A description of the students packing the Theatre to witness an operation has been left by a St Thomas’s surgeon, John Flint South. 

'the first two rows … were occupied by the other dressers, and behind a second partition stood the pupils, packed like herrings in a barrel, but not so quiet, as those behind them were continually pressing on those before and were continually struggling to relieve themselves of it, and had not infrequently to be got out exhausted. There was also a continual calling out of “Heads, Heads” to those about the table whose heads interfered with the sightseers.' 

Patients put up with the audience to their distress because they received medical treatment from some of the best surgeons in the land, which otherwise they could not afford. Wealthy patients of the surgeons would have been operated on, by choice, at home probably on the kitchen table. The risk of death at the hands of a surgeon was greatly increased by the lack of understanding of the causes of infection. Although cleanliness was a moral virtue, descriptions suggest that a surgeon was as likely to wash his hands after an operation as before. The old frock coats surgeons wore during operations were, according to a contemporary, ‘stiff and stinking with pus and blood’. Beneath the table was a sawdust box for collecting blood. The death rate was further heightened by the shock of the operation, and because operations took place as a last resort, so patients tended to have few reserves of strength.

A description of the students packing the Theatre to witness an operation has been left by a St Thomas’s surgeon, John Flint South.

'the first two rows … were occupied by the other dressers, and behind a second partition stood the pupils, packed like herrings in a barrel, but not so quiet, as those behind them were continually pressing on those before and were continually struggling to relieve themselves of it, and had not infrequently to be got out exhausted. There was also a continual calling out of “Heads, Heads” to those about the table whose heads interfered with the sightseers.'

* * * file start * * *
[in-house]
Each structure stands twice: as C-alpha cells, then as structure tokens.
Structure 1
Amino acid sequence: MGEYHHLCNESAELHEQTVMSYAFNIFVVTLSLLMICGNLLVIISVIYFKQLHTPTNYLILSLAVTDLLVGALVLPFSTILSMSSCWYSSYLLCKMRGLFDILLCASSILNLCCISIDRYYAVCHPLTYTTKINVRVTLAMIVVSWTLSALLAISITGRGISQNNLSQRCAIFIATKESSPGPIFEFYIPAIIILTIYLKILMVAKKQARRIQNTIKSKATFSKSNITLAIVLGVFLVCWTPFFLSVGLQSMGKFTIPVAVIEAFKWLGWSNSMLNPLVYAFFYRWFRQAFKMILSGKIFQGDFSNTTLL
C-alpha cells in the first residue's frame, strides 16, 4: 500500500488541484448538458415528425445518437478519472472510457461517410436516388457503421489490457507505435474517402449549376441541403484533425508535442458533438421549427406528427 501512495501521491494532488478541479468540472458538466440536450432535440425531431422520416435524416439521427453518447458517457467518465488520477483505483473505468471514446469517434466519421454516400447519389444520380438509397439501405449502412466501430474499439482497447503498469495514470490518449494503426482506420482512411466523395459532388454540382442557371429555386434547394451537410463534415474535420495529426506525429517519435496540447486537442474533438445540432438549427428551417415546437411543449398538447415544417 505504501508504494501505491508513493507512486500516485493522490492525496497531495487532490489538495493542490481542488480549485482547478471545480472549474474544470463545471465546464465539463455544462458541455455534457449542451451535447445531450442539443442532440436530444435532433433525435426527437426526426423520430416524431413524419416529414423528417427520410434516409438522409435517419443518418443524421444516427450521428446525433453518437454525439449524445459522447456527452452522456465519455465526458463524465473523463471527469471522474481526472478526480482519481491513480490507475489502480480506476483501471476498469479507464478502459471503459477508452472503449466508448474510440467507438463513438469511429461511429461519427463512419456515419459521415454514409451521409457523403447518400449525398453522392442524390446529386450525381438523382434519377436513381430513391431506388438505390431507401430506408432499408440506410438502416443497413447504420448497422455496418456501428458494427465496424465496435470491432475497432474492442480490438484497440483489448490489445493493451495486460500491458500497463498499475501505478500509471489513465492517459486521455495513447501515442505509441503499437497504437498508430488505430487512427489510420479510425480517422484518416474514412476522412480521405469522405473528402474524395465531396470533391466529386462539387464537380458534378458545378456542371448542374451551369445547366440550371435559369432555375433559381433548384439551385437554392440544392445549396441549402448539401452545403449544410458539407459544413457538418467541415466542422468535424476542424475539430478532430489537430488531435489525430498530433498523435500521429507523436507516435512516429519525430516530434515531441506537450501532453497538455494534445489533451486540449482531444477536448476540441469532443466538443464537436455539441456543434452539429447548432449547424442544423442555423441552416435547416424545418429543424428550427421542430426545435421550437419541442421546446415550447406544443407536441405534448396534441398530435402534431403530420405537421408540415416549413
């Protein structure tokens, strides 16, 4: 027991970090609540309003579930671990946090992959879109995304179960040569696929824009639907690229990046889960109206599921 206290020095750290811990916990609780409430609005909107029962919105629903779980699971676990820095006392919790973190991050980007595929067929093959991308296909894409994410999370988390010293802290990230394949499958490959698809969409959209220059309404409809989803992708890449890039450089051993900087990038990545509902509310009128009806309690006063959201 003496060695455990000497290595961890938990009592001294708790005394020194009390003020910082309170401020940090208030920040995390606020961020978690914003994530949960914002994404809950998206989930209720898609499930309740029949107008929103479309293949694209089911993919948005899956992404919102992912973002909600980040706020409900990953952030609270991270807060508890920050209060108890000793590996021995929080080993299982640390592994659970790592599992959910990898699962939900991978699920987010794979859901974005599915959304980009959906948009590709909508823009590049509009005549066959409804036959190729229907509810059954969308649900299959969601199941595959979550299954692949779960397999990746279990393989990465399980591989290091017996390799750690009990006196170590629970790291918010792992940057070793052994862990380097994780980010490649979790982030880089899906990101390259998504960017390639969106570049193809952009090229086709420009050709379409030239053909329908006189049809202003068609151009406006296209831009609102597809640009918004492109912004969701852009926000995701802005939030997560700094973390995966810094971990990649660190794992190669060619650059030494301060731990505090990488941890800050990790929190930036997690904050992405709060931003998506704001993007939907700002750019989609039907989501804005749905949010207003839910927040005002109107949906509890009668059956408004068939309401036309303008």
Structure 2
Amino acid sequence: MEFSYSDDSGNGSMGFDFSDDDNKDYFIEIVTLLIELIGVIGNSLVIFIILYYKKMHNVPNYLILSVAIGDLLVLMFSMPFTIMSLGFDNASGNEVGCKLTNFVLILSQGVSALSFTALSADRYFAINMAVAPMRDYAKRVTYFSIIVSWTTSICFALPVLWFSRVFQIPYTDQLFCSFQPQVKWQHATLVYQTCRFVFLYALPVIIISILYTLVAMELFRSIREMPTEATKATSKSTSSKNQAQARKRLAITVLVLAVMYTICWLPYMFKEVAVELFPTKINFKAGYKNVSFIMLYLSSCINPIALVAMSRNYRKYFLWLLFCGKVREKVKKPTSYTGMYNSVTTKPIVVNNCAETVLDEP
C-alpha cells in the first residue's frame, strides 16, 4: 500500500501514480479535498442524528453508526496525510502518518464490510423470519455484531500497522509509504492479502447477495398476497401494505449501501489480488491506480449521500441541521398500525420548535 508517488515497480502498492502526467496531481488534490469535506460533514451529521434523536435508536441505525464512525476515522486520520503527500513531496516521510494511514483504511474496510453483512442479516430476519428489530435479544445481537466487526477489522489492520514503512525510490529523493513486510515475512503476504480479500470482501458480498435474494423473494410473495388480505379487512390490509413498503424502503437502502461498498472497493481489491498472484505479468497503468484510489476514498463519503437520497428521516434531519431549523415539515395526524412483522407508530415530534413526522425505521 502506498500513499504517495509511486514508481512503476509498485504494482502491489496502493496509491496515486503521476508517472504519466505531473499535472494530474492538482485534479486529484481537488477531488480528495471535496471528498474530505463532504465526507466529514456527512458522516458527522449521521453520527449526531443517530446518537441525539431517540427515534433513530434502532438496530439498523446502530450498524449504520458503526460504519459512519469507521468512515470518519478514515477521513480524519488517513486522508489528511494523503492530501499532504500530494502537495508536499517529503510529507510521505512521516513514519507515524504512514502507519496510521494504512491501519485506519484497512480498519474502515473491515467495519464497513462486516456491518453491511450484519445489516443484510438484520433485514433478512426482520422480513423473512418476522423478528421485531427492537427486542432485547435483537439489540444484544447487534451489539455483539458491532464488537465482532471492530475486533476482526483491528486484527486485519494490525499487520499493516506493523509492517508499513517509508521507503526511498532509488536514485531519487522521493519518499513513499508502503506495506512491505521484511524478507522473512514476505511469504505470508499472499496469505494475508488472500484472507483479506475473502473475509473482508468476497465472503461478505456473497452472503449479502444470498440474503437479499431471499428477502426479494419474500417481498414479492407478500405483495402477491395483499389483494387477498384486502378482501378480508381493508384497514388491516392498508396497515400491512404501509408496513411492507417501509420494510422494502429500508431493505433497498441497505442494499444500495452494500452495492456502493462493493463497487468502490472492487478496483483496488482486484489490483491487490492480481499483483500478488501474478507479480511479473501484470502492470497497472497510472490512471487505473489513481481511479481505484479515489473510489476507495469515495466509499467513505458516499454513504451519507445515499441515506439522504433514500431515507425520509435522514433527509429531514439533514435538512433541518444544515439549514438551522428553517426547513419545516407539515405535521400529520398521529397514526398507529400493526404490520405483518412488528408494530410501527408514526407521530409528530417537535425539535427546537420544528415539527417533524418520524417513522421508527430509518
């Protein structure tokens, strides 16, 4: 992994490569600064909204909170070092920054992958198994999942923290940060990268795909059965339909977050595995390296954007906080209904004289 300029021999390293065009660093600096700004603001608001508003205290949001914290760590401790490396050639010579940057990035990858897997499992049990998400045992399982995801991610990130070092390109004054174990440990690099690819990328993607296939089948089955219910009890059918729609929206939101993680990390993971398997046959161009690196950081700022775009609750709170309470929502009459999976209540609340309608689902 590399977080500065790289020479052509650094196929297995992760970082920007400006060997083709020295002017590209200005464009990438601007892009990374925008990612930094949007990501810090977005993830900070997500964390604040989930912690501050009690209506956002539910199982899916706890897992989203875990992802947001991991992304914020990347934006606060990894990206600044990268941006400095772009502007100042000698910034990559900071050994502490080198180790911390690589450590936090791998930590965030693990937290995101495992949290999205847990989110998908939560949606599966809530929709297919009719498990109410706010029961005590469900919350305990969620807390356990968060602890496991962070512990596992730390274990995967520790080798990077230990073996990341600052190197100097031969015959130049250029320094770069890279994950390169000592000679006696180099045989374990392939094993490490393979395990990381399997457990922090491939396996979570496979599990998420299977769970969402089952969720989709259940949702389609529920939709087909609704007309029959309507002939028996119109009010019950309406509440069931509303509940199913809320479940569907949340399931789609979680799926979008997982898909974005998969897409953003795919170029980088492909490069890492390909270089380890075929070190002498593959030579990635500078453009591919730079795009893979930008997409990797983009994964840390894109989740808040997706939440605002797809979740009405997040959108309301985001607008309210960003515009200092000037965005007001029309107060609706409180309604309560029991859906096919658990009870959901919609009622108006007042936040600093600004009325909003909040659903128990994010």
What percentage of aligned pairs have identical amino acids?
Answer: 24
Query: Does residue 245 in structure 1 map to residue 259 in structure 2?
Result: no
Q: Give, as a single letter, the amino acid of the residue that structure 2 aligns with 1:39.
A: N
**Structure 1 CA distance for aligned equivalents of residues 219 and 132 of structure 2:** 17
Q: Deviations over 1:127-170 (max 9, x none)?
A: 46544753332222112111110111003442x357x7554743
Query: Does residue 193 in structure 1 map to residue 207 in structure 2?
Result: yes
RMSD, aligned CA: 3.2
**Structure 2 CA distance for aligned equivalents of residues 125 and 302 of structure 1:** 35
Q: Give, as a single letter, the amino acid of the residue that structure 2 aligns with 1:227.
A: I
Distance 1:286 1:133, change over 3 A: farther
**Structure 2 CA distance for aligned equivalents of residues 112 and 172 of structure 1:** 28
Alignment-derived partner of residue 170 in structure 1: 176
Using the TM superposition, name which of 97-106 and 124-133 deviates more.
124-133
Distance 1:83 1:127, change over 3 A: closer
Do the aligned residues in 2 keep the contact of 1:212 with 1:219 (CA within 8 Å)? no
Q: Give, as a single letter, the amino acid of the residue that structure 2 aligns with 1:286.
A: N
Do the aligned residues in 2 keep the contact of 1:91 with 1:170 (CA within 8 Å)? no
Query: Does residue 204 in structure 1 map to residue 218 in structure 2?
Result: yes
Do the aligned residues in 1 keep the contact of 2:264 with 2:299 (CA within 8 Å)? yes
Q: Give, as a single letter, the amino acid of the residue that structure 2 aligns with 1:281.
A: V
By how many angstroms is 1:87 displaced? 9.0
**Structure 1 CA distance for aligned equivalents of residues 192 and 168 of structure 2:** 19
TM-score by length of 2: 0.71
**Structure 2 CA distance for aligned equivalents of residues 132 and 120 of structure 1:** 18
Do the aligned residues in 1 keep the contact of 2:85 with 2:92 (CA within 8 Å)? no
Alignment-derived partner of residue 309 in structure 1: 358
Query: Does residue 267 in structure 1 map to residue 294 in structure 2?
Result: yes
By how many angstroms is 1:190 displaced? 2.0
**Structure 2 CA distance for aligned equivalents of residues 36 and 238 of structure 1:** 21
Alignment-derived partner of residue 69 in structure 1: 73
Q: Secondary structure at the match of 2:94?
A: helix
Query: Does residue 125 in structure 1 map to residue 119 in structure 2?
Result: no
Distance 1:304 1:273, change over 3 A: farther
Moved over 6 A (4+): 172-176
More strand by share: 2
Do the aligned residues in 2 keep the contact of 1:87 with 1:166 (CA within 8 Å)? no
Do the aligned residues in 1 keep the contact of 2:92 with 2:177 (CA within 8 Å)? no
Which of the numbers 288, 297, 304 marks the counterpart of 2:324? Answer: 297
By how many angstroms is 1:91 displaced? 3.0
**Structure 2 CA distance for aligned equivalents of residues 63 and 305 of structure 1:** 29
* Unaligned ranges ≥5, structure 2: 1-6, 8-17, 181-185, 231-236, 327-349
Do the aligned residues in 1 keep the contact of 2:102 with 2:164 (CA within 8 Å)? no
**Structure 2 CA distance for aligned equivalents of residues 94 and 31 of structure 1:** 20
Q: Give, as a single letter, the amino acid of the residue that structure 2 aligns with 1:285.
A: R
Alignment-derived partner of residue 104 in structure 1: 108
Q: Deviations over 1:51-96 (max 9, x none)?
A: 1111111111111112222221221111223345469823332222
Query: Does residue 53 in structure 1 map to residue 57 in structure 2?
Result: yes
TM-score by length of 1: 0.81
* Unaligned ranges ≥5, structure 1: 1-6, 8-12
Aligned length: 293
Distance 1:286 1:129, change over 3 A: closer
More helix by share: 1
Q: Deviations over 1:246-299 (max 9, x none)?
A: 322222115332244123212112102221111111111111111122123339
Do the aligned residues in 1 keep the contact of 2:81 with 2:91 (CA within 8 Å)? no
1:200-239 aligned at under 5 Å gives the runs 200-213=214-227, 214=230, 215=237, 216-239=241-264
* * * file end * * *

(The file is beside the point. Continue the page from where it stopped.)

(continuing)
Patients put up with the audience to their distress because they received medical treatment from some of the best surgeons in the land, which otherwise they could not afford. Wealthy patients of the surgeons would have been operated on, by choice, at home probably on the kitchen table. The risk of death at the hands of a surgeon was greatly increased by the lack of understanding of the causes of infection. Although cleanliness was a moral virtue, descriptions suggest that a surgeon was as likely to wash his hands after an operation as before. The old frock coats surgeons wore during operations were, according to a contemporary, ‘stiff and stinking with pus and blood’. Beneath the table was a sawdust box for collecting blood. The death rate was further heightened by the shock of the operation, and because operations took place as a last resort, so patients tended to have few reserves of strength.